Music: David Mendoza Cinematography: James Van Trees
Starring: George Arliss, Doris Kenyon, Dudley Digges and Alan Mowbray
The film begins after the Revolutionary War, with George Washington saying farewell troops. Arliss, as Hamilton, tells Washington, played by Alan Mowbray, that the general will be needed to run the country as president. Washington says he’ll only agree if his colonel, Hamilton, continues as one of his cabinet. The central conflict of the first half of the film concerns Hamilton’s monetary policy, the assumption of all state war debts by the federal government. Montague Love as Thomas Jefferson sees this as a consolidation of power by the government that will make the states subservient in a way they’ve never been before. Hamilton’s view, however, is global. And without a strong government, the U.S. will never be a great power. Naturally, all of this is painted with the broadest possible brush. The people accuse Hamilton of being an aristocrat, and the film does nothing to dispute that view. Doris Kenyon plays Hamilton’s wife, Betsy, who is more concerned with having him home than fighting to keep the union together. When the southern states demand that the new capital be located in the south, it sets up a way for Hamilton to get a quid pro quo, the passage of his assumption bill for his support of a southern capital. His primary enemy throughout is Dudley Digges as the fictional Senator Reynolds, who takes every opportunity to embroil Hamilton in scandal, and oppose him politically. But of course, our hero rises above it all with aplomb, as any good founding father would do.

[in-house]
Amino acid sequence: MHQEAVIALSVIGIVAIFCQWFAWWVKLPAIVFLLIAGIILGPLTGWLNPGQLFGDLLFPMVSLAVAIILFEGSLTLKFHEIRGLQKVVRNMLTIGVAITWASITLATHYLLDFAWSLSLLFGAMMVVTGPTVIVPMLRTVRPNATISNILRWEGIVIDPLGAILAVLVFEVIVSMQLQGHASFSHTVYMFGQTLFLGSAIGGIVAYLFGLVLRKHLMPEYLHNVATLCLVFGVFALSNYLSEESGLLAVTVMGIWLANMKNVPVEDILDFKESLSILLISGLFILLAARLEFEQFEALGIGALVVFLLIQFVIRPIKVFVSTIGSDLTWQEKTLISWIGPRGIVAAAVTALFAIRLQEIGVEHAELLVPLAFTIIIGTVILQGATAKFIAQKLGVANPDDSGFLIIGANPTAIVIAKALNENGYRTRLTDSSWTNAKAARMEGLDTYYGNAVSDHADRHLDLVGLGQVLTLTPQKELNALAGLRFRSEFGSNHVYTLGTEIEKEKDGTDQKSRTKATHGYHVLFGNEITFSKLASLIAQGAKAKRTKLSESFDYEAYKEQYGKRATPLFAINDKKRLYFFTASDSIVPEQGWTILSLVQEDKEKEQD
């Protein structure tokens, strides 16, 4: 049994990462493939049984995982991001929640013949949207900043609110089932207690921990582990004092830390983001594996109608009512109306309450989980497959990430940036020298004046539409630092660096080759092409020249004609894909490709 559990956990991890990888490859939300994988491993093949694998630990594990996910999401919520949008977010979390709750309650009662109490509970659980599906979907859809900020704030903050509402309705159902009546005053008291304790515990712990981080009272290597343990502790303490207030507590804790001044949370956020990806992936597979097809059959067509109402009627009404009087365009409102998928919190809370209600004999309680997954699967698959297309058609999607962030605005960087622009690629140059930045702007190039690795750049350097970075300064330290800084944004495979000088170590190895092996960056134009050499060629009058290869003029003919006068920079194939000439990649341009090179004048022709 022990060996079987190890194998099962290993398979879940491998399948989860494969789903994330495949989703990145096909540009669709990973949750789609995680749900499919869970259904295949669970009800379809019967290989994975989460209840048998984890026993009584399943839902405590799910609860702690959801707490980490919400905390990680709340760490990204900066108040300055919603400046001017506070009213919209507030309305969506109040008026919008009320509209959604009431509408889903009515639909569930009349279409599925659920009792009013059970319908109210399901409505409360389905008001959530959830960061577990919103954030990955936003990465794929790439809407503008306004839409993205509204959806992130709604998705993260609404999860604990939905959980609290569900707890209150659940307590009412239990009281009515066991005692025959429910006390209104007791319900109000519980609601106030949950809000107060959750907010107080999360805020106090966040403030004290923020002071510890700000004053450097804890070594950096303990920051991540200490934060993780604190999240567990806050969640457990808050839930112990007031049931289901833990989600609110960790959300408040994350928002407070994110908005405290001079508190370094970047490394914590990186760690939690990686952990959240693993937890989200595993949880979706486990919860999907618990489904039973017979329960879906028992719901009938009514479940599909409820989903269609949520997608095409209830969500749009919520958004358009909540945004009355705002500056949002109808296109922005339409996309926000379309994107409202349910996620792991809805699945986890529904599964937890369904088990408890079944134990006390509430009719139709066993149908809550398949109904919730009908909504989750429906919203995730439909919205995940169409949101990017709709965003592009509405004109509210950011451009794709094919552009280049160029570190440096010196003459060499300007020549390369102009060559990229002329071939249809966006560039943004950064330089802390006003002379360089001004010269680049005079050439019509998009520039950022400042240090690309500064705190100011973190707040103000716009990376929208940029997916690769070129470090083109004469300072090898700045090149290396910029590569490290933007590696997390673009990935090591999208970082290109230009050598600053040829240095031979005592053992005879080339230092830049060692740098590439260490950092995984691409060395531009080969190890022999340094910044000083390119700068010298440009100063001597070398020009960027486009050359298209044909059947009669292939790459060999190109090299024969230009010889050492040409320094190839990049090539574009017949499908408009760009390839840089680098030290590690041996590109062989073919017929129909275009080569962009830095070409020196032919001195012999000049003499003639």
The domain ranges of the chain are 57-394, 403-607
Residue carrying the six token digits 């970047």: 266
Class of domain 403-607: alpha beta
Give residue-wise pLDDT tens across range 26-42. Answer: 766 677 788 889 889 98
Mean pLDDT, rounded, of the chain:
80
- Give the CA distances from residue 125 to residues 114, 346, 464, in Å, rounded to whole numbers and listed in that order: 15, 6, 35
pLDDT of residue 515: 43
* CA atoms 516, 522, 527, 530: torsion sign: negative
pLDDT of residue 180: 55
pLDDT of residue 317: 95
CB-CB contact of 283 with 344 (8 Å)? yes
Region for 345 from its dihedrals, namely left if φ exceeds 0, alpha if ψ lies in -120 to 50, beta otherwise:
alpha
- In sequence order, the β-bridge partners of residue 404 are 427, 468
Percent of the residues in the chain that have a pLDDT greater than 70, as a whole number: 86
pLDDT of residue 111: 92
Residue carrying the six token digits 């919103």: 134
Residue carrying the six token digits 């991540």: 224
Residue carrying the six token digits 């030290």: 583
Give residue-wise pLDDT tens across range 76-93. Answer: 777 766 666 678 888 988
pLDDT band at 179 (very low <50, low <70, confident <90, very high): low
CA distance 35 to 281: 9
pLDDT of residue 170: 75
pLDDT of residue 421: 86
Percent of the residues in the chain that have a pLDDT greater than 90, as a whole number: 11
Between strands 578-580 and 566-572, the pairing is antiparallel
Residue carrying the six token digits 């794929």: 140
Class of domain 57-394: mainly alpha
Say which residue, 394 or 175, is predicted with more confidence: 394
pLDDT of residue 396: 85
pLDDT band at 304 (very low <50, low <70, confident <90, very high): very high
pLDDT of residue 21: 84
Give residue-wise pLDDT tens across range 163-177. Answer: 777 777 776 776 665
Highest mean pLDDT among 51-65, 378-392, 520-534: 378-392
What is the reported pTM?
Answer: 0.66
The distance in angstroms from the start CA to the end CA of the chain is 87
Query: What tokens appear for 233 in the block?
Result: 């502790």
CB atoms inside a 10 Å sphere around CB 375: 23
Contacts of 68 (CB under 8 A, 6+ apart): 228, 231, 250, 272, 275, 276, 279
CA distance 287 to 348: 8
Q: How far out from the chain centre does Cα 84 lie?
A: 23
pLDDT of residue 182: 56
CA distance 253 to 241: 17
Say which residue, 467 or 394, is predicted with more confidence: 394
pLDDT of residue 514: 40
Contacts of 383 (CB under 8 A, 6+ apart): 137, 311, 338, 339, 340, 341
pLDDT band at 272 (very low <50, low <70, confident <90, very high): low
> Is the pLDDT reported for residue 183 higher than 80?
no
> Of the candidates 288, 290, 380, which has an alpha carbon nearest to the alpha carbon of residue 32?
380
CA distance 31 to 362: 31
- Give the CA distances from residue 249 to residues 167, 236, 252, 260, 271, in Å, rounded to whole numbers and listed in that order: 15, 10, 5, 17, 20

As with all such films, there’s a prodigious amount of bombast and histrionics when it comes to portraying national mythical figures. But because Arliss’s play also centered around the Reynolds’ affair scandal, there’s also a significant attempt to humanize Hamilton in a way not generally done in patriotic pictures. The fact that this is a pre-code film, however, is most likely what made that entire part of the storyline possible. Obviously, nothing was shown onscreen, but Hamilton’s eventual confession makes it clear that something did. But in the end there’s nothing really original about the story, and nothing separates it from dozens of others with similar themes. Unfortunately, the biggest issue with the film is the author and lead actor, George Arliss himself. By the time he made the picture he was already sixty-three, but looked seventy. As such, he was far too old to be playing Hamilton, who was only forty-eight when he died, and only thirty-seven at the time of the events in the film. In addition, John G. Adolfi’s direction is fairly uninspiring. But he had worked with Arliss on many previous films, and the actor’s ownership of the original material undoubtedly resulted in his being given the lead role and attaching Adolfi as director. So, in some sense the production was hampered from the very beginning. It’s difficult to say whether this is worth watching or not. There’s a certain cinematic historical merit to it, but the acting and story are so entirely pedestrian that unless one is simply curious, Alexander Hamilton is probably best avoided.